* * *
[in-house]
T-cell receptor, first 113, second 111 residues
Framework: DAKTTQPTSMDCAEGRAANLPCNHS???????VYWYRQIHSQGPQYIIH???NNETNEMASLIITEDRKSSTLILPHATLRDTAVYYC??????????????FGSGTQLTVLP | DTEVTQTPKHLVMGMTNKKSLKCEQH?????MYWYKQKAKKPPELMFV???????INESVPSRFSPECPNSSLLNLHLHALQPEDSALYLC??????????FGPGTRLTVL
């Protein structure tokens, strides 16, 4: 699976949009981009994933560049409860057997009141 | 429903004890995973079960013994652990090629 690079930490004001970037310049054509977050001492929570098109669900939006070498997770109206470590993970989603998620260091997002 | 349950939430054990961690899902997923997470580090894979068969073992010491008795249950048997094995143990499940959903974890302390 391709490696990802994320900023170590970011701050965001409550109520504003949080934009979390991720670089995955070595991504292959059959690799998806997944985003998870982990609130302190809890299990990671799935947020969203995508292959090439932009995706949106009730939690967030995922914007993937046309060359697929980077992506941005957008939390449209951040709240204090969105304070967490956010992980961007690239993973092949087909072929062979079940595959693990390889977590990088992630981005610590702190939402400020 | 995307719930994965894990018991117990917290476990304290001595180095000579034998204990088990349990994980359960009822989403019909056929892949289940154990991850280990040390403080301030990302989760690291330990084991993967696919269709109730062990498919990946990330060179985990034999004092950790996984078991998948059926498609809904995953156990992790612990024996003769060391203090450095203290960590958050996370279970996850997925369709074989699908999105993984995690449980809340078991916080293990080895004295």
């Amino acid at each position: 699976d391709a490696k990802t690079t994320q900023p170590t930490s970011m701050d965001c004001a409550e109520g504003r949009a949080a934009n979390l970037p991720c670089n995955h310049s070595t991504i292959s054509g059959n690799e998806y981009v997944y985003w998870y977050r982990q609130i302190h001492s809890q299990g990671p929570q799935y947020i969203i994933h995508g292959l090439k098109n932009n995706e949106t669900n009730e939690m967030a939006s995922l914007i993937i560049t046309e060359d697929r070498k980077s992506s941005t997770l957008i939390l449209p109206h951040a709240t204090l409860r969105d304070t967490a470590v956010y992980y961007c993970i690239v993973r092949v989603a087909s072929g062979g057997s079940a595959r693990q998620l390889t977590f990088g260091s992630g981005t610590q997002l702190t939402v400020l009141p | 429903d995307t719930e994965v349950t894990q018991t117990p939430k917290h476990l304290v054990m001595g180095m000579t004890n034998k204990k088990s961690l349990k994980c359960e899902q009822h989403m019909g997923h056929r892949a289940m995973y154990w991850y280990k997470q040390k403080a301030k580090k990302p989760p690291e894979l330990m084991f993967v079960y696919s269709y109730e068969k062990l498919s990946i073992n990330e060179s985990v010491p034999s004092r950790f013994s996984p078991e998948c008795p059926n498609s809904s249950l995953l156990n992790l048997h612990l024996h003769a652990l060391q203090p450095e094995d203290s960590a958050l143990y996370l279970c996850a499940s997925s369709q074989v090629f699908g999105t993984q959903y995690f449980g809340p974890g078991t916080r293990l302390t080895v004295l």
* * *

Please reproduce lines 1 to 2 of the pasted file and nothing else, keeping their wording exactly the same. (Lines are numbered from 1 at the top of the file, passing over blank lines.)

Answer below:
[in-house]
T-cell receptor, first 113, second 111 residues